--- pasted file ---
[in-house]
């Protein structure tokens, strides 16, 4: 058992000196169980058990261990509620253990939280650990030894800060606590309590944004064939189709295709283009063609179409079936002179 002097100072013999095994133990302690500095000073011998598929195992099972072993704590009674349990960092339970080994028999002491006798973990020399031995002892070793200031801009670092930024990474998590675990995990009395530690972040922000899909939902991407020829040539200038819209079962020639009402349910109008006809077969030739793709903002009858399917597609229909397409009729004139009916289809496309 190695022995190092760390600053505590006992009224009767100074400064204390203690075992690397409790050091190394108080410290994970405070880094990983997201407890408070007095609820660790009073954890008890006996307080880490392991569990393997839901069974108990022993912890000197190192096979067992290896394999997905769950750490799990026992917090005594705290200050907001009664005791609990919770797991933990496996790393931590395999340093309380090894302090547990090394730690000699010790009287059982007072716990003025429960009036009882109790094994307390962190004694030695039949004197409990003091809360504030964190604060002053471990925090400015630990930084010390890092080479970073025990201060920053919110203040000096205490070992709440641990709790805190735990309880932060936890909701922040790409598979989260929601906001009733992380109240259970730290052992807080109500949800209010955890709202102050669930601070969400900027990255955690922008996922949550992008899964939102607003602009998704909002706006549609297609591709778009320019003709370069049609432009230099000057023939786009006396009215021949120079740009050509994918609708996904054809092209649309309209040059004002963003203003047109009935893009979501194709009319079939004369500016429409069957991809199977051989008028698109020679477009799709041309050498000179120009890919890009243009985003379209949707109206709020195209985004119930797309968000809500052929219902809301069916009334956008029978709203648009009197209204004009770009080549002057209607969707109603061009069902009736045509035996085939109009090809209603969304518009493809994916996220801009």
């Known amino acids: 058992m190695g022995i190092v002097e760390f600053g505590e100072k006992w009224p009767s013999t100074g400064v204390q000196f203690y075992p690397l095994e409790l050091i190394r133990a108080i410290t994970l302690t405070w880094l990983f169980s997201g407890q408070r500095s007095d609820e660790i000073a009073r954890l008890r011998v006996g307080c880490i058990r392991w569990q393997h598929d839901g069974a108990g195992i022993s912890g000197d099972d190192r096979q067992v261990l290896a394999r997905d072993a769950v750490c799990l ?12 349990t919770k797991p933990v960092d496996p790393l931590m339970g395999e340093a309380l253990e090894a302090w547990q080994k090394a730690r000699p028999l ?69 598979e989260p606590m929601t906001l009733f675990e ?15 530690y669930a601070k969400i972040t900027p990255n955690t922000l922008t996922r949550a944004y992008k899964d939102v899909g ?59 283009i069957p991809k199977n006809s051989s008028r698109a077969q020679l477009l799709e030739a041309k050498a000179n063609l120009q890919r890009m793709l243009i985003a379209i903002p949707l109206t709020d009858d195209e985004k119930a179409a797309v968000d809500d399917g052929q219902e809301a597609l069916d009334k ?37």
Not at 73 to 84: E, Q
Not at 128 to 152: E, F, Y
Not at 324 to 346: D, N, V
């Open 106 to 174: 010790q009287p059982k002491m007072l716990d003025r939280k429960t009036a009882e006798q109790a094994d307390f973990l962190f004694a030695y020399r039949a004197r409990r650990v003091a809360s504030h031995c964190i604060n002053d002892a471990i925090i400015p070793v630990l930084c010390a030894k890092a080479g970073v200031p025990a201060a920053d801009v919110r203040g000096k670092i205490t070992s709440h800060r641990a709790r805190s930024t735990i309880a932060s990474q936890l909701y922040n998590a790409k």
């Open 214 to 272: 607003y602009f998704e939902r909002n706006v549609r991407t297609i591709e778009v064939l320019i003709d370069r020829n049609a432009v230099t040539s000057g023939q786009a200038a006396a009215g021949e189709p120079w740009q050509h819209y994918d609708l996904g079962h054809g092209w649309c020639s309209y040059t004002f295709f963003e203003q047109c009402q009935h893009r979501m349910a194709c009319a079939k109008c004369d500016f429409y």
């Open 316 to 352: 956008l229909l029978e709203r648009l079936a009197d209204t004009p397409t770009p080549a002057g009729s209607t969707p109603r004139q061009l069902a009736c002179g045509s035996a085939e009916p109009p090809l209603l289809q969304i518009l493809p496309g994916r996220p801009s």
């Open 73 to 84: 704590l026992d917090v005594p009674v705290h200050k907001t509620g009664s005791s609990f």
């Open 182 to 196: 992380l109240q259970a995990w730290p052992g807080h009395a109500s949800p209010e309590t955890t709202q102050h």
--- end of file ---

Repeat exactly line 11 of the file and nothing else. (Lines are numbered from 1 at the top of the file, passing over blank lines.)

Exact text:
């Open 182 to 196: 992380l109240q259970a995990w730290p052992g807080h009395a109500s949800p209010e309590t955890t709202q102050h």